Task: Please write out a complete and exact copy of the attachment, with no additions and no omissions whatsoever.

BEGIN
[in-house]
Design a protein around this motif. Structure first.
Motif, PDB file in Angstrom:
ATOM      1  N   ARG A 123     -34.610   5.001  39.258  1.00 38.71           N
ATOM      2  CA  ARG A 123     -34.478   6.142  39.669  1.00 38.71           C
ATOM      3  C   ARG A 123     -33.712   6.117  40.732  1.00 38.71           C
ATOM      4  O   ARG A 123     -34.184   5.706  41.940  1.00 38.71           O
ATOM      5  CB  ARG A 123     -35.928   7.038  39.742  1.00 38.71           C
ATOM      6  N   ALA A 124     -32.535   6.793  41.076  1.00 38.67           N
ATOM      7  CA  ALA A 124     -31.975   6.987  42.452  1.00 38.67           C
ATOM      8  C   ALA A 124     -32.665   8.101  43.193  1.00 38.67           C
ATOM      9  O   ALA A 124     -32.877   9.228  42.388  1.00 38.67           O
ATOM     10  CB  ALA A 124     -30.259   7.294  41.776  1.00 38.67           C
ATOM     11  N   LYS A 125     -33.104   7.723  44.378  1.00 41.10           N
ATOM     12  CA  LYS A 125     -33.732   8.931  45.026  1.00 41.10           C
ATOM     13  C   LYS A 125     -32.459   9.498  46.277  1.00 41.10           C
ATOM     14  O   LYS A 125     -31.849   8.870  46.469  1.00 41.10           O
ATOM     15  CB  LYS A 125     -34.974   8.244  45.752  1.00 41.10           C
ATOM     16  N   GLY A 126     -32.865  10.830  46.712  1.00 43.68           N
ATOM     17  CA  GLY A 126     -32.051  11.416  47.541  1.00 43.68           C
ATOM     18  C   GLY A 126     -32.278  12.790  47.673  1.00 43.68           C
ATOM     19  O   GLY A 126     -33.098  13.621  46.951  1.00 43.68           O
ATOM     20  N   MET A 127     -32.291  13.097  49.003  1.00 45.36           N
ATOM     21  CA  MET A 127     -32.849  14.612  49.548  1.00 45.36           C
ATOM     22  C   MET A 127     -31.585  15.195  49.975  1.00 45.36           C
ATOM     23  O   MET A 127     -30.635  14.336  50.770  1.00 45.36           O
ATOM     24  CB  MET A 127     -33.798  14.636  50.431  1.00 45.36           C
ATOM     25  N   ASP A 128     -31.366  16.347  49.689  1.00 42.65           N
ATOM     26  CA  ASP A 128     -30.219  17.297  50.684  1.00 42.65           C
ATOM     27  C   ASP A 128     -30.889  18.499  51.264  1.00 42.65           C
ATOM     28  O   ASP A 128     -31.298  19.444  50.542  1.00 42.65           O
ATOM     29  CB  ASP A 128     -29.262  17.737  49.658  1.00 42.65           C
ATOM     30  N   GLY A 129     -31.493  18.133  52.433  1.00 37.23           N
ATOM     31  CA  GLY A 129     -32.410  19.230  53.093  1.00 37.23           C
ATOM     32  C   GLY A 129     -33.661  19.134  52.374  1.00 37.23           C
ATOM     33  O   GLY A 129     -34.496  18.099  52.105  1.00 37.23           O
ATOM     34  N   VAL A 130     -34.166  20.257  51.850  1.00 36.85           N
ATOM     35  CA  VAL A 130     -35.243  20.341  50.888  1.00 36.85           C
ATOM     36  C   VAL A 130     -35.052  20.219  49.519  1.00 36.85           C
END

[in-house]
Design a protein around this motif. Structure first.
Motif, PDB file in Angstrom:
ATOM      1  N   ARG A 123     -34.610   5.001  39.258  1.00 38.71           N
ATOM      2  CA  ARG A 123     -34.478   6.142  39.669  1.00 38.71           C
ATOM      3  C   ARG A 123     -33.712   6.117  40.732  1.00 38.71           C
ATOM      4  O   ARG A 123     -34.184   5.706  41.940  1.00 38.71           O
ATOM      5  CB  ARG A 123     -35.928   7.038  39.742  1.00 38.71           C
ATOM      6  N   ALA A 124     -32.535   6.793  41.076  1.00 38.67           N
ATOM      7  CA  ALA A 124     -31.975   6.987  42.452  1.00 38.67           C
ATOM      8  C   ALA A 124     -32.665   8.101  43.193  1.00 38.67           C
ATOM      9  O   ALA A 124     -32.877   9.228  42.388  1.00 38.67           O
ATOM     10  CB  ALA A 124     -30.259   7.294  41.776  1.00 38.67           C
ATOM     11  N   LYS A 125     -33.104   7.723  44.378  1.00 41.10           N
ATOM     12  CA  LYS A 125     -33.732   8.931  45.026  1.00 41.10           C
ATOM     13  C   LYS A 125     -32.459   9.498  46.277  1.00 41.10           C
ATOM     14  O   LYS A 125     -31.849   8.870  46.469  1.00 41.10           O
ATOM     15  CB  LYS A 125     -34.974   8.244  45.752  1.00 41.10           C
ATOM     16  N   GLY A 126     -32.865  10.830  46.712  1.00 43.68           N
ATOM     17  CA  GLY A 126     -32.051  11.416  47.541  1.00 43.68           C
ATOM     18  C   GLY A 126     -32.278  12.790  47.673  1.00 43.68           C
ATOM     19  O   GLY A 126     -33.098  13.621  46.951  1.00 43.68           O
ATOM     20  N   MET A 127     -32.291  13.097  49.003  1.00 45.36           N
ATOM     21  CA  MET A 127     -32.849  14.612  49.548  1.00 45.36           C
ATOM     22  C   MET A 127     -31.585  15.195  49.975  1.00 45.36           C
ATOM     23  O   MET A 127     -30.635  14.336  50.770  1.00 45.36           O
ATOM     24  CB  MET A 127     -33.798  14.636  50.431  1.00 45.36           C
ATOM     25  N   ASP A 128     -31.366  16.347  49.689  1.00 42.65           N
ATOM     26  CA  ASP A 128     -30.219  17.297  50.684  1.00 42.65           C
ATOM     27  C   ASP A 128     -30.889  18.499  51.264  1.00 42.65           C
ATOM     28  O   ASP A 128     -31.298  19.444  50.542  1.00 42.65           O
ATOM     29  CB  ASP A 128     -29.262  17.737  49.658  1.00 42.65           C
ATOM     30  N   GLY A 129     -31.493  18.133  52.433  1.00 37.23           N
ATOM     31  CA  GLY A 129     -32.410  19.230  53.093  1.00 37.23           C
ATOM     32  C   GLY A 129     -33.661  19.134  52.374  1.00 37.23           C
ATOM     33  O   GLY A 129     -34.496  18.099  52.105  1.00 37.23           O
ATOM     34  N   VAL A 130     -34.166  20.257  51.850  1.00 36.85           N
ATOM     35  CA  VAL A 130     -35.243  20.341  50.888  1.00 36.85           C
ATOM     36  C   VAL A 130     -35.052  20.219  49.519  1.00 36.85           C